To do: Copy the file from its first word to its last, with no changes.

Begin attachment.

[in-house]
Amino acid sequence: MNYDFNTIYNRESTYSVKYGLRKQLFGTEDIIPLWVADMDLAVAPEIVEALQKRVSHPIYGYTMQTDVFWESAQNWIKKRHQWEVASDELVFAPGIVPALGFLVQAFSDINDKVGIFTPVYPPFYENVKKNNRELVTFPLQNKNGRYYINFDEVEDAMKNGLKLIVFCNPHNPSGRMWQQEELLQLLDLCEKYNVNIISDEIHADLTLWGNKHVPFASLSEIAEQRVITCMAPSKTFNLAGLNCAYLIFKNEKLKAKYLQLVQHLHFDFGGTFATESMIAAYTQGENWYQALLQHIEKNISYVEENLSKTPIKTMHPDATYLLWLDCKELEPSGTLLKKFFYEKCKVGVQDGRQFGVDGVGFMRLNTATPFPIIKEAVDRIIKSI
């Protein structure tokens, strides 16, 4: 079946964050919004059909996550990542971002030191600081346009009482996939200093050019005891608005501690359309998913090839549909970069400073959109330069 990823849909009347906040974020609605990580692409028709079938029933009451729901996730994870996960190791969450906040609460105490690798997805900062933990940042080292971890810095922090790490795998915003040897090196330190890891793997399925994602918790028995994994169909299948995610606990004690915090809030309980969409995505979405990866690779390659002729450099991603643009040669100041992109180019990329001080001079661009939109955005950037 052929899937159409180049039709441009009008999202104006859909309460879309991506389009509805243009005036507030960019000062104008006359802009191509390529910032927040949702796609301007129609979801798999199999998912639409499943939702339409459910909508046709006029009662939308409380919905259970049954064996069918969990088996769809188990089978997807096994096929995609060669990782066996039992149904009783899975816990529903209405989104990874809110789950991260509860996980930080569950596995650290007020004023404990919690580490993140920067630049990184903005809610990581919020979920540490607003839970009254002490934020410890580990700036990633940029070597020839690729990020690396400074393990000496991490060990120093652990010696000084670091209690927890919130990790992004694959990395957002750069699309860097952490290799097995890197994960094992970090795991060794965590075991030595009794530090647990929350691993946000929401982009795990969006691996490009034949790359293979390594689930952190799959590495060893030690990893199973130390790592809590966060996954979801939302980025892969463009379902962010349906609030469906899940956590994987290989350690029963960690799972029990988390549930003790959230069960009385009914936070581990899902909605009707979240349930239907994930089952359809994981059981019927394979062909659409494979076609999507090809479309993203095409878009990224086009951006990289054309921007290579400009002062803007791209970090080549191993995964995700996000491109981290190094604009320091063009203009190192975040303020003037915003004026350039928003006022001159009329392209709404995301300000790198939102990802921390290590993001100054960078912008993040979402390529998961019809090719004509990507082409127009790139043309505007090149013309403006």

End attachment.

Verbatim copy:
[in-house]
Amino acid sequence: MNYDFNTIYNRESTYSVKYGLRKQLFGTEDIIPLWVADMDLAVAPEIVEALQKRVSHPIYGYTMQTDVFWESAQNWIKKRHQWEVASDELVFAPGIVPALGFLVQAFSDINDKVGIFTPVYPPFYENVKKNNRELVTFPLQNKNGRYYINFDEVEDAMKNGLKLIVFCNPHNPSGRMWQQEELLQLLDLCEKYNVNIISDEIHADLTLWGNKHVPFASLSEIAEQRVITCMAPSKTFNLAGLNCAYLIFKNEKLKAKYLQLVQHLHFDFGGTFATESMIAAYTQGENWYQALLQHIEKNISYVEENLSKTPIKTMHPDATYLLWLDCKELEPSGTLLKKFFYEKCKVGVQDGRQFGVDGVGFMRLNTATPFPIIKEAVDRIIKSI
């Protein structure tokens, strides 16, 4: 079946964050919004059909996550990542971002030191600081346009009482996939200093050019005891608005501690359309998913090839549909970069400073959109330069 990823849909009347906040974020609605990580692409028709079938029933009451729901996730994870996960190791969450906040609460105490690798997805900062933990940042080292971890810095922090790490795998915003040897090196330190890891793997399925994602918790028995994994169909299948995610606990004690915090809030309980969409995505979405990866690779390659002729450099991603643009040669100041992109180019990329001080001079661009939109955005950037 052929899937159409180049039709441009009008999202104006859909309460879309991506389009509805243009005036507030960019000062104008006359802009191509390529910032927040949702796609301007129609979801798999199999998912639409499943939702339409459910909508046709006029009662939308409380919905259970049954064996069918969990088996769809188990089978997807096994096929995609060669990782066996039992149904009783899975816990529903209405989104990874809110789950991260509860996980930080569950596995650290007020004023404990919690580490993140920067630049990184903005809610990581919020979920540490607003839970009254002490934020410890580990700036990633940029070597020839690729990020690396400074393990000496991490060990120093652990010696000084670091209690927890919130990790992004694959990395957002750069699309860097952490290799097995890197994960094992970090795991060794965590075991030595009794530090647990929350691993946000929401982009795990969006691996490009034949790359293979390594689930952190799959590495060893030690990893199973130390790592809590966060996954979801939302980025892969463009379902962010349906609030469906899940956590994987290989350690029963960690799972029990988390549930003790959230069960009385009914936070581990899902909605009707979240349930239907994930089952359809994981059981019927394979062909659409494979076609999507090809479309993203095409878009990224086009951006990289054309921007290579400009002062803007791209970090080549191993995964995700996000491109981290190094604009320091063009203009190192975040303020003037915003004026350039928003006022001159009329392209709404995301300000790198939102990802921390290590993001100054960078912008993040979402390529998961019809090719004509990507082409127009790139043309505007090149013309403006």